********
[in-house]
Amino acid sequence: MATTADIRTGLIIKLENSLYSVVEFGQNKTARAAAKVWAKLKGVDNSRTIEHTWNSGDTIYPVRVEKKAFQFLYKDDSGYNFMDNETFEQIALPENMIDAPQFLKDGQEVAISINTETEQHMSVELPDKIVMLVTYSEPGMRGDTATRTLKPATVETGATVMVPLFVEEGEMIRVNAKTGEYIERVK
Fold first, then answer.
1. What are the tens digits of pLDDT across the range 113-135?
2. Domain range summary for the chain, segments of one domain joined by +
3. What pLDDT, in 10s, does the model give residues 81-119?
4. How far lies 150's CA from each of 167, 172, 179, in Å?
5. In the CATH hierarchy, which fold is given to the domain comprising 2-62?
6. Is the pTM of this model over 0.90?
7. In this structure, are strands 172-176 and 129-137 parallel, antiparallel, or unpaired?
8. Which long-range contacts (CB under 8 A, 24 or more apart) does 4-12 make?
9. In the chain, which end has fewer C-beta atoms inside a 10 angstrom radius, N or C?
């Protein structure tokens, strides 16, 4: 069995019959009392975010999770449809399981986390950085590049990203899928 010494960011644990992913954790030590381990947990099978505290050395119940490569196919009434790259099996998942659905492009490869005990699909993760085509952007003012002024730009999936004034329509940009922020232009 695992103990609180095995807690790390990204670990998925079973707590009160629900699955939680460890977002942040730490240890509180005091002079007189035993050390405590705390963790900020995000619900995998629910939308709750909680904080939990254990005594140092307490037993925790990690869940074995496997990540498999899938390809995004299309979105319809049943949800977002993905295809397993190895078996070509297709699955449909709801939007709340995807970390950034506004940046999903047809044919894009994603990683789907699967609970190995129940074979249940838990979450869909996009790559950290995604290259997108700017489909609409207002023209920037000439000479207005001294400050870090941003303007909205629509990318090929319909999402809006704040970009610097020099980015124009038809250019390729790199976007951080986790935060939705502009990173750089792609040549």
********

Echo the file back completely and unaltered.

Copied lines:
[in-house]
Amino acid sequence: MATTADIRTGLIIKLENSLYSVVEFGQNKTARAAAKVWAKLKGVDNSRTIEHTWNSGDTIYPVRVEKKAFQFLYKDDSGYNFMDNETFEQIALPENMIDAPQFLKDGQEVAISINTETEQHMSVELPDKIVMLVTYSEPGMRGDTATRTLKPATVETGATVMVPLFVEEGEMIRVNAKTGEYIERVK
Fold first, then answer.
1. What are the tens digits of pLDDT across the range 113-135?
2. Domain range summary for the chain, segments of one domain joined by +
3. What pLDDT, in 10s, does the model give residues 81-119?
4. How far lies 150's CA from each of 167, 172, 179, in Å?
5. In the CATH hierarchy, which fold is given to the domain comprising 2-62?
6. Is the pTM of this model over 0.90?
7. In this structure, are strands 172-176 and 129-137 parallel, antiparallel, or unpaired?
8. Which long-range contacts (CB under 8 A, 24 or more apart) does 4-12 make?
9. In the chain, which end has fewer C-beta atoms inside a 10 angstrom radius, N or C?
């Protein structure tokens, strides 16, 4: 069995019959009392975010999770449809399981986390950085590049990203899928 010494960011644990992913954790030590381990947990099978505290050395119940490569196919009434790259099996998942659905492009490869005990699909993760085509952007003012002024730009999936004034329509940009922020232009 695992103990609180095995807690790390990204670990998925079973707590009160629900699955939680460890977002942040730490240890509180005091002079007189035993050390405590705390963790900020995000619900995998629910939308709750909680904080939990254990005594140092307490037993925790990690869940074995496997990540498999899938390809995004299309979105319809049943949800977002993905295809397993190895078996070509297709699955449909709801939007709340995807970390950034506004940046999903047809044919894009994603990683789907699967609970190995129940074979249940838990979450869909996009790559950290995604290259997108700017489909609409207002023209920037000439000479207005001294400050870090941003303007909205629509990318090929319909999402809006704040970009610097020099980015124009038809250019390729790199976007951080986790935060939705502009990173750089792609040549």